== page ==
Carl Sagan, the world-renowned astronomer and science fiction writer, said he would be more inclined to believe in God if he had slipped a few more clues into the Bible about science. Something perhaps about the theory of relativity, just so we’d know he really was behind it. Here’s how I think that would go.
Somewhere in Genesis: “And God spake unto Moses, saying, ‘Take these my Ten Commandments to my people. And by the way, e=mc2. Thou shalt not understand this which I say to you today, but thy descendants after thee shall get it, and know that I am God”.
Cue almost two millennia of fevered speculation, learned scholarship and standard human craziness. At least one cataclysmic schism, dividing believers who thought “e” was about the End Times, and those who thought it had something to do with Egypt. Or elephants, or enemas. Physicists would probably vote in an alternative notation for equations (also potentially Evil), using Greek letters, or maybe emojis. And if Einstein still, by some twist of fate, came up with his signature equation in those same terms, he would trigger a furore. The anti-theist scientific establishment would vehemently discredit his work, and he would certainly not win a Nobel prize. Meanwhile, churches would begin funding research facilities to pursue quantum physics. And the lunatic religiose would barricade themselves into a bus shelter somewhere and wait for the imminent end of the world. As usual.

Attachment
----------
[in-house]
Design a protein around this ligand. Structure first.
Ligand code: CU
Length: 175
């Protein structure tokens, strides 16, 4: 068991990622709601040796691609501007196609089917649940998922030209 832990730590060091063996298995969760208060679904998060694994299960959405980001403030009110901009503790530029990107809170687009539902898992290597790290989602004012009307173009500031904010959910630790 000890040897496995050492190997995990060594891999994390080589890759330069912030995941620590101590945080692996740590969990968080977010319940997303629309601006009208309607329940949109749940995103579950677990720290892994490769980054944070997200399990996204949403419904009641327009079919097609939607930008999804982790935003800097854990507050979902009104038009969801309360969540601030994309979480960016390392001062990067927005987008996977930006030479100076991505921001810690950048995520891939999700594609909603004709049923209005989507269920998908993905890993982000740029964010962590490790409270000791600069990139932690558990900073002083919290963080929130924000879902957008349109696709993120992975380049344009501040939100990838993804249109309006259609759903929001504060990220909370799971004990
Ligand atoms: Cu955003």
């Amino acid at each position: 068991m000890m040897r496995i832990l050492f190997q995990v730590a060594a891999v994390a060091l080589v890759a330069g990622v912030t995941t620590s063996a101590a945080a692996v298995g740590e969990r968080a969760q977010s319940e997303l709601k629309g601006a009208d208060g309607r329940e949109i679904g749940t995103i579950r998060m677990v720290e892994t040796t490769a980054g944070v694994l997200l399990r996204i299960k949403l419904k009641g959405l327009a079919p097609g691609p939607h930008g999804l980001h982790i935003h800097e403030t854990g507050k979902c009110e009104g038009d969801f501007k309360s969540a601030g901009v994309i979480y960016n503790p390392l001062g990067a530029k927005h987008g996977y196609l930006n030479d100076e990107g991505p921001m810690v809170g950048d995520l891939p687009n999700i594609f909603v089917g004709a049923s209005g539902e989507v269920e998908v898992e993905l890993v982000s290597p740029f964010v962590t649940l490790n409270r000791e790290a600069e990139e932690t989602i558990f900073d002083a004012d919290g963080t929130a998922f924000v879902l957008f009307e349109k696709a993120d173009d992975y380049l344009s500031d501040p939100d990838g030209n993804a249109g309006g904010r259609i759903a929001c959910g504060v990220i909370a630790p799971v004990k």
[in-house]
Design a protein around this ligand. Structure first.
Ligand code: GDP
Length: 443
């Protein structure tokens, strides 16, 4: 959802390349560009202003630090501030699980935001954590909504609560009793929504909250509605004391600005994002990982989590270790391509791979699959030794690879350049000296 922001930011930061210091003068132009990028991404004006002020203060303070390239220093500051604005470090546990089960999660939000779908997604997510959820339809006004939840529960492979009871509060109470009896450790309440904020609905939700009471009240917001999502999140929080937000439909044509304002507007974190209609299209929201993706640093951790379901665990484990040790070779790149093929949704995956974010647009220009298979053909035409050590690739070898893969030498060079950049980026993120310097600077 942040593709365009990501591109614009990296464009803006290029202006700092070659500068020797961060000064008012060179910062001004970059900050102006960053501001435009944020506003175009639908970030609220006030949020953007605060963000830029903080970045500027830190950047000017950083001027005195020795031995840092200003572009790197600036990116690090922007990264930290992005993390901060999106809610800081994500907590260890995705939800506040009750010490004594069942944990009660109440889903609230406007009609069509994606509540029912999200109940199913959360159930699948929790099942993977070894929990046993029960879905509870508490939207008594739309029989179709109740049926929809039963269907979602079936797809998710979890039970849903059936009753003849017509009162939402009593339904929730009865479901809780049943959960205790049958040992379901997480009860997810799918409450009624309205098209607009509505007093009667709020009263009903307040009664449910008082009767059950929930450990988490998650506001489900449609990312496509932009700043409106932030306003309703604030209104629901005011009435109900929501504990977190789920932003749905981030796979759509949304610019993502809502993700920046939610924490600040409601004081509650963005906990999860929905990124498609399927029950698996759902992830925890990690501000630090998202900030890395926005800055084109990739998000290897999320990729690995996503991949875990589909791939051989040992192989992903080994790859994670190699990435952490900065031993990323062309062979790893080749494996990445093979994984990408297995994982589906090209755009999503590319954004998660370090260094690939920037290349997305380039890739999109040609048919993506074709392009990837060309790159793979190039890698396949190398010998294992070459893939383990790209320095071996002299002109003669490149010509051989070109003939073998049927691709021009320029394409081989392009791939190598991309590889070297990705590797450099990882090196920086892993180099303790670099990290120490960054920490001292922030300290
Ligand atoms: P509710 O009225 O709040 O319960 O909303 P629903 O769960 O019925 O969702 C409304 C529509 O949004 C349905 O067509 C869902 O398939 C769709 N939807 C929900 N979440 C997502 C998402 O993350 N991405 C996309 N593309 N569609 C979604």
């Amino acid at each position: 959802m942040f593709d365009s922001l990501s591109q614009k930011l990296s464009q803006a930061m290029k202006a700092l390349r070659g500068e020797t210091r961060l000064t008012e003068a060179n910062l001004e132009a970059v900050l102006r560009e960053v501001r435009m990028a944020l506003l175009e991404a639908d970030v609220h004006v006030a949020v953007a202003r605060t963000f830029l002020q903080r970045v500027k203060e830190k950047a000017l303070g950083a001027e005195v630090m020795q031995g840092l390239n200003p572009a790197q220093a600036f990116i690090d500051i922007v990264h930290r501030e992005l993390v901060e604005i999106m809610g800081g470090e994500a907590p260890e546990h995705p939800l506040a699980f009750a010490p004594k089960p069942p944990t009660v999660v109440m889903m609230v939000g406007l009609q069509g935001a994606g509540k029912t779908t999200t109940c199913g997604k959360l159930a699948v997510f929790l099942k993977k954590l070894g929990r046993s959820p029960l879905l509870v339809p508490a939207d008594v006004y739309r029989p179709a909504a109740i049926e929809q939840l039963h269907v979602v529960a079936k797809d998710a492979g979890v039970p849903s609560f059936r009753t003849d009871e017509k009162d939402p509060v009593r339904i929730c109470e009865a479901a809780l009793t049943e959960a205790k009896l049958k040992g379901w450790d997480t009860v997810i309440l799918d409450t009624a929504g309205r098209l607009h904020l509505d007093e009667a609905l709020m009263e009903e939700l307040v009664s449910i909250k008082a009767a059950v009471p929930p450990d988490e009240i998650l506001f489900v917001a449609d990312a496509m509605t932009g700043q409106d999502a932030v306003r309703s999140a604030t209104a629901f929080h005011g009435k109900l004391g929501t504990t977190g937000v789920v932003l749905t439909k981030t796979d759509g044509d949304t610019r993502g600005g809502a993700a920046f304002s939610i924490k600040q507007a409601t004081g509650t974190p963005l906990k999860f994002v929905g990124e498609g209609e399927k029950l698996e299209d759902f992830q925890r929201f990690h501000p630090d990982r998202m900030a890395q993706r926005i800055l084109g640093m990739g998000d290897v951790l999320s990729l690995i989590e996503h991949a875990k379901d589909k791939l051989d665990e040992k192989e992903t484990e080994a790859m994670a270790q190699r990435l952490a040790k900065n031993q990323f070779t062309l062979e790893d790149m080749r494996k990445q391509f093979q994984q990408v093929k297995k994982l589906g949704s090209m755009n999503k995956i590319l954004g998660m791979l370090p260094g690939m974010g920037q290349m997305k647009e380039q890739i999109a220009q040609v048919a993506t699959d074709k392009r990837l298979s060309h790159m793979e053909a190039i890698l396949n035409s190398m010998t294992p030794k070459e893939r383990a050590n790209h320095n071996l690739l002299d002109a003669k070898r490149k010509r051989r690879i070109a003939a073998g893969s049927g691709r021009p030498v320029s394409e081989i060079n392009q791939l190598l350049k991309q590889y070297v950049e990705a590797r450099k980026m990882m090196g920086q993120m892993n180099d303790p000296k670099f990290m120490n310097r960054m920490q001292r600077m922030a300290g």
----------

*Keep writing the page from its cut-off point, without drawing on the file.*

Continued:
But what if, after fifty years, scientists at the Pope Pius X Supercollider in the Vatican discover something even more remarkable than e=mc2? Another schism? A turning of tables, Einstein’s equation demoted to heresy and thereafter taken to the bosom of secular physics? Perhaps God should have picked the later discovery to leave as his clue. Or picked a different field. Entymology perhaps. Or the social sciences.
Or perhaps, he should simply have written on a toasted cheese sandwich in 1950’s Chicago: “Dear Carl: I’m for real. Deal with it. God.”